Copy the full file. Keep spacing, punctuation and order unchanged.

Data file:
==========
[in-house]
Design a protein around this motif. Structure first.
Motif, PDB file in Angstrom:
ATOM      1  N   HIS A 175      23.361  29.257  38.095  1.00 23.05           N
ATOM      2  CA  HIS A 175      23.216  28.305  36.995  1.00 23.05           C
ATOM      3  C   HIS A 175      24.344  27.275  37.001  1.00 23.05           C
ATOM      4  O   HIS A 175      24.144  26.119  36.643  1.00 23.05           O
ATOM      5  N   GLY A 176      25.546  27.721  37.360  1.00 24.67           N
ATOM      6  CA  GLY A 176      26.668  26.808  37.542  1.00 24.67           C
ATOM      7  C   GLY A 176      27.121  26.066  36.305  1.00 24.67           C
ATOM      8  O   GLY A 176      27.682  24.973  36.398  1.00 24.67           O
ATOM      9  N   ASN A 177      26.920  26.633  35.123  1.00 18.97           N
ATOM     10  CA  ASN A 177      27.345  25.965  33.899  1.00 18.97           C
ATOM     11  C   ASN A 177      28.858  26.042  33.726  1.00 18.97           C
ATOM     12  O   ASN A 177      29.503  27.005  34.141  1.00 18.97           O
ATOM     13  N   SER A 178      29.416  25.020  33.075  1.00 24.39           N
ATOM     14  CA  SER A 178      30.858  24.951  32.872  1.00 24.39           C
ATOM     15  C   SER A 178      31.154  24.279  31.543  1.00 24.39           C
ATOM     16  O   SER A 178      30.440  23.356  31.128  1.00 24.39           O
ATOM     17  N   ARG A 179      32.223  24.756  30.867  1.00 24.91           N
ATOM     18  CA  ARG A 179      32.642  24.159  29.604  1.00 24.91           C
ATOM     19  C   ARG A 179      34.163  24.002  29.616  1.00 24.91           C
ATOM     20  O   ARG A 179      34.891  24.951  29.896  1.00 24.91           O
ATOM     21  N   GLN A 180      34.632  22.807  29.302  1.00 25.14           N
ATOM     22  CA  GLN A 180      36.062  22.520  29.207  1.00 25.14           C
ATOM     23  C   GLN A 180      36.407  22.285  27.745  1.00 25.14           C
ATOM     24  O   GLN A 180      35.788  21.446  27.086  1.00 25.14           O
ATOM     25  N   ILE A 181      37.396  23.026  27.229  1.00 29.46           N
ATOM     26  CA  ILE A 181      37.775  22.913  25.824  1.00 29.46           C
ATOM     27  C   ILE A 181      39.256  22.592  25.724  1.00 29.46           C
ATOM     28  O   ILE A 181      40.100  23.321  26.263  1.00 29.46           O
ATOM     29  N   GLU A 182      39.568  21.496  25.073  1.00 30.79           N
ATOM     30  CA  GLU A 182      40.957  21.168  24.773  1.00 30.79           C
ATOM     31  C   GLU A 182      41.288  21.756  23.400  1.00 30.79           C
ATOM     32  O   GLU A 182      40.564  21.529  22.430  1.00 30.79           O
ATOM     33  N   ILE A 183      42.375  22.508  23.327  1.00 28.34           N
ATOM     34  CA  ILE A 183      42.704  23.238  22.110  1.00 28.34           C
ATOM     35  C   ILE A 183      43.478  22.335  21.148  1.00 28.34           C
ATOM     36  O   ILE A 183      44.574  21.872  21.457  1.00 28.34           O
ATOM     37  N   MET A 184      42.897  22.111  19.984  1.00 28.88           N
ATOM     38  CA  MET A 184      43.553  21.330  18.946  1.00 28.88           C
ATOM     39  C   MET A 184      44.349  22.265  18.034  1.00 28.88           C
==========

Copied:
[in-house]
Design a protein around this motif. Structure first.
Motif, PDB file in Angstrom:
ATOM      1  N   HIS A 175      23.361  29.257  38.095  1.00 23.05           N
ATOM      2  CA  HIS A 175      23.216  28.305  36.995  1.00 23.05           C
ATOM      3  C   HIS A 175      24.344  27.275  37.001  1.00 23.05           C
ATOM      4  O   HIS A 175      24.144  26.119  36.643  1.00 23.05           O
ATOM      5  N   GLY A 176      25.546  27.721  37.360  1.00 24.67           N
ATOM      6  CA  GLY A 176      26.668  26.808  37.542  1.00 24.67           C
ATOM      7  C   GLY A 176      27.121  26.066  36.305  1.00 24.67           C
ATOM      8  O   GLY A 176      27.682  24.973  36.398  1.00 24.67           O
ATOM      9  N   ASN A 177      26.920  26.633  35.123  1.00 18.97           N
ATOM     10  CA  ASN A 177      27.345  25.965  33.899  1.00 18.97           C
ATOM     11  C   ASN A 177      28.858  26.042  33.726  1.00 18.97           C
ATOM     12  O   ASN A 177      29.503  27.005  34.141  1.00 18.97           O
ATOM     13  N   SER A 178      29.416  25.020  33.075  1.00 24.39           N
ATOM     14  CA  SER A 178      30.858  24.951  32.872  1.00 24.39           C
ATOM     15  C   SER A 178      31.154  24.279  31.543  1.00 24.39           C
ATOM     16  O   SER A 178      30.440  23.356  31.128  1.00 24.39           O
ATOM     17  N   ARG A 179      32.223  24.756  30.867  1.00 24.91           N
ATOM     18  CA  ARG A 179      32.642  24.159  29.604  1.00 24.91           C
ATOM     19  C   ARG A 179      34.163  24.002  29.616  1.00 24.91           C
ATOM     20  O   ARG A 179      34.891  24.951  29.896  1.00 24.91           O
ATOM     21  N   GLN A 180      34.632  22.807  29.302  1.00 25.14           N
ATOM     22  CA  GLN A 180      36.062  22.520  29.207  1.00 25.14           C
ATOM     23  C   GLN A 180      36.407  22.285  27.745  1.00 25.14           C
ATOM     24  O   GLN A 180      35.788  21.446  27.086  1.00 25.14           O
ATOM     25  N   ILE A 181      37.396  23.026  27.229  1.00 29.46           N
ATOM     26  CA  ILE A 181      37.775  22.913  25.824  1.00 29.46           C
ATOM     27  C   ILE A 181      39.256  22.592  25.724  1.00 29.46           C
ATOM     28  O   ILE A 181      40.100  23.321  26.263  1.00 29.46           O
ATOM     29  N   GLU A 182      39.568  21.496  25.073  1.00 30.79           N
ATOM     30  CA  GLU A 182      40.957  21.168  24.773  1.00 30.79           C
ATOM     31  C   GLU A 182      41.288  21.756  23.400  1.00 30.79           C
ATOM     32  O   GLU A 182      40.564  21.529  22.430  1.00 30.79           O
ATOM     33  N   ILE A 183      42.375  22.508  23.327  1.00 28.34           N
ATOM     34  CA  ILE A 183      42.704  23.238  22.110  1.00 28.34           C
ATOM     35  C   ILE A 183      43.478  22.335  21.148  1.00 28.34           C
ATOM     36  O   ILE A 183      44.574  21.872  21.457  1.00 28.34           O
ATOM     37  N   MET A 184      42.897  22.111  19.984  1.00 28.88           N
ATOM     38  CA  MET A 184      43.553  21.330  18.946  1.00 28.88           C
ATOM     39  C   MET A 184      44.349  22.265  18.034  1.00 28.88           C